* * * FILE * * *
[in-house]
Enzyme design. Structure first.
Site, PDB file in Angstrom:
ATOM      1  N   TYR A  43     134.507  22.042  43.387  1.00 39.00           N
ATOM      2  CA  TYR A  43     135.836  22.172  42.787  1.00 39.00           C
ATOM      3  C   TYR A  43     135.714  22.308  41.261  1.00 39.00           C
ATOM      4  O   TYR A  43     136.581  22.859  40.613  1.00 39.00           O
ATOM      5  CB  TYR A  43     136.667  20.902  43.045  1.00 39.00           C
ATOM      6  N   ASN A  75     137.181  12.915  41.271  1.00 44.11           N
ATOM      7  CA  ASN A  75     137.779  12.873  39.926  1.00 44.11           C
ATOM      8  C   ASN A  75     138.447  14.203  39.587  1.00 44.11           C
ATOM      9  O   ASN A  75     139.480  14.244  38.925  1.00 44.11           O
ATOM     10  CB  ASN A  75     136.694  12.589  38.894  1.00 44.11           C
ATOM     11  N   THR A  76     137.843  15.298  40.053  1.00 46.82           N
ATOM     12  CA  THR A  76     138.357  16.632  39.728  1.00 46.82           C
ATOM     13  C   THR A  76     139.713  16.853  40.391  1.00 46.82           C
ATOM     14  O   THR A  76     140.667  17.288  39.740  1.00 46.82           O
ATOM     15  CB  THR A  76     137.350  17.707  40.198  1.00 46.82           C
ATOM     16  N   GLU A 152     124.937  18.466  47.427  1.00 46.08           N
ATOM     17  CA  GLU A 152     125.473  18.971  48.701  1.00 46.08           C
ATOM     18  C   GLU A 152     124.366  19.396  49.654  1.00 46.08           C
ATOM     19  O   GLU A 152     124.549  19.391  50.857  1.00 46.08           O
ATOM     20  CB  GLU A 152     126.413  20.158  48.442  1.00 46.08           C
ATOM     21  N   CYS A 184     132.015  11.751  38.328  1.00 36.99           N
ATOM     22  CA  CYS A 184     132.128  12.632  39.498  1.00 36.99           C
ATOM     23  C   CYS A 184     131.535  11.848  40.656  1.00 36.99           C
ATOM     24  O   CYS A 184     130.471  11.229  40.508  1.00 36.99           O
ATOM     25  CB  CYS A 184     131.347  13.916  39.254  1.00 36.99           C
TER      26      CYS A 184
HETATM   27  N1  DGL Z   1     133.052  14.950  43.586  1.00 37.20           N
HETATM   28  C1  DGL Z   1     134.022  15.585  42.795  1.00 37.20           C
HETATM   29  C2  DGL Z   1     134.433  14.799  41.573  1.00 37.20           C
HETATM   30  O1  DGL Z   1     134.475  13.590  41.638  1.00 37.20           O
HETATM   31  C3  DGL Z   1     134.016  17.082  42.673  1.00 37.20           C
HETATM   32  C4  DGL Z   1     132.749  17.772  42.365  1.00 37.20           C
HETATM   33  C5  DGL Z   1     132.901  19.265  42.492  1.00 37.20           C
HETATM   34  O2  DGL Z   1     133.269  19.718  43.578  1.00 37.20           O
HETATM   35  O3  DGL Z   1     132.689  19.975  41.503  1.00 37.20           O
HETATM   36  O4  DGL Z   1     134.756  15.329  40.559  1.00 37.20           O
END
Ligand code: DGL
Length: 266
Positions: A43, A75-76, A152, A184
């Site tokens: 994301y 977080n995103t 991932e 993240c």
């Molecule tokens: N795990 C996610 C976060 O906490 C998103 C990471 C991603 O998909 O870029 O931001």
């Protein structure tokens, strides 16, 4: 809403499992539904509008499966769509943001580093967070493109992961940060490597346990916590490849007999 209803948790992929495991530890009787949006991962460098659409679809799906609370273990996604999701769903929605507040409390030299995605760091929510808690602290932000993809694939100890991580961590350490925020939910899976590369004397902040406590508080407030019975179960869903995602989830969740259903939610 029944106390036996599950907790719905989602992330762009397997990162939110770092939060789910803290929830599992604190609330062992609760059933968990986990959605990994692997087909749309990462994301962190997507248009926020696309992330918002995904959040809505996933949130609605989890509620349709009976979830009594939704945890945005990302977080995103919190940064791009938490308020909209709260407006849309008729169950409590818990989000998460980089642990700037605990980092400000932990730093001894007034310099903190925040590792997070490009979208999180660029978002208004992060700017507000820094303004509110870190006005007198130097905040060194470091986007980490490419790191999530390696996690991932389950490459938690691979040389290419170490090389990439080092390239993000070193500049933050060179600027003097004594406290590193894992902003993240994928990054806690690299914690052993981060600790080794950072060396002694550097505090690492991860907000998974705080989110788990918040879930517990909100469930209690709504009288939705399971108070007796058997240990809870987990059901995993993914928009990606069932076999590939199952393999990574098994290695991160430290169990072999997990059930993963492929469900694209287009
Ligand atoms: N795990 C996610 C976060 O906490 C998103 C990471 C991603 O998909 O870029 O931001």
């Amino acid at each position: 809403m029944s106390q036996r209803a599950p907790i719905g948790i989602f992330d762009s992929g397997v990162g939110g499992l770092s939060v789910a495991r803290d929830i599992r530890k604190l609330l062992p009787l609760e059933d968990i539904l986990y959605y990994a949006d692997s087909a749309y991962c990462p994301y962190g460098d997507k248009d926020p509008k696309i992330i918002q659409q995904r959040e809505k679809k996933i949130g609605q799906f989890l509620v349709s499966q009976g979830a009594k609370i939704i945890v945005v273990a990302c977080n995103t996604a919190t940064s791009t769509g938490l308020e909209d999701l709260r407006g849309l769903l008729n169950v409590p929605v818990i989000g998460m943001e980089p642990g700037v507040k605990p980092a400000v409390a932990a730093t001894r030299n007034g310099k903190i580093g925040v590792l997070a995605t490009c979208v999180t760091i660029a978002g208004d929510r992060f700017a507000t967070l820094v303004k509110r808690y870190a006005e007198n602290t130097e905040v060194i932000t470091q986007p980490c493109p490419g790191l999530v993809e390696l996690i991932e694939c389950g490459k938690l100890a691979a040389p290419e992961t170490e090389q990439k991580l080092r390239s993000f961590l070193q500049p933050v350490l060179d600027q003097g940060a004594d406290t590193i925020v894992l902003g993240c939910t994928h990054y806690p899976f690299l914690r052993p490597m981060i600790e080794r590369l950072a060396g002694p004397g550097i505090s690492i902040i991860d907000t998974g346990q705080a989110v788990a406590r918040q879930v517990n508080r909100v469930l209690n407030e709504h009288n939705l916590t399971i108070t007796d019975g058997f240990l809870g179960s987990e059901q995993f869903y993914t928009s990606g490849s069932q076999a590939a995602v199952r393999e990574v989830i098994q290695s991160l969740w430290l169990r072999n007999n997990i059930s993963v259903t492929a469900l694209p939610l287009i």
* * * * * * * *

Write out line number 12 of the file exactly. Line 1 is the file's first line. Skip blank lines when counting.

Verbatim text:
ATOM      9  O   ASN A  75     139.480  14.244  38.925  1.00 44.11           O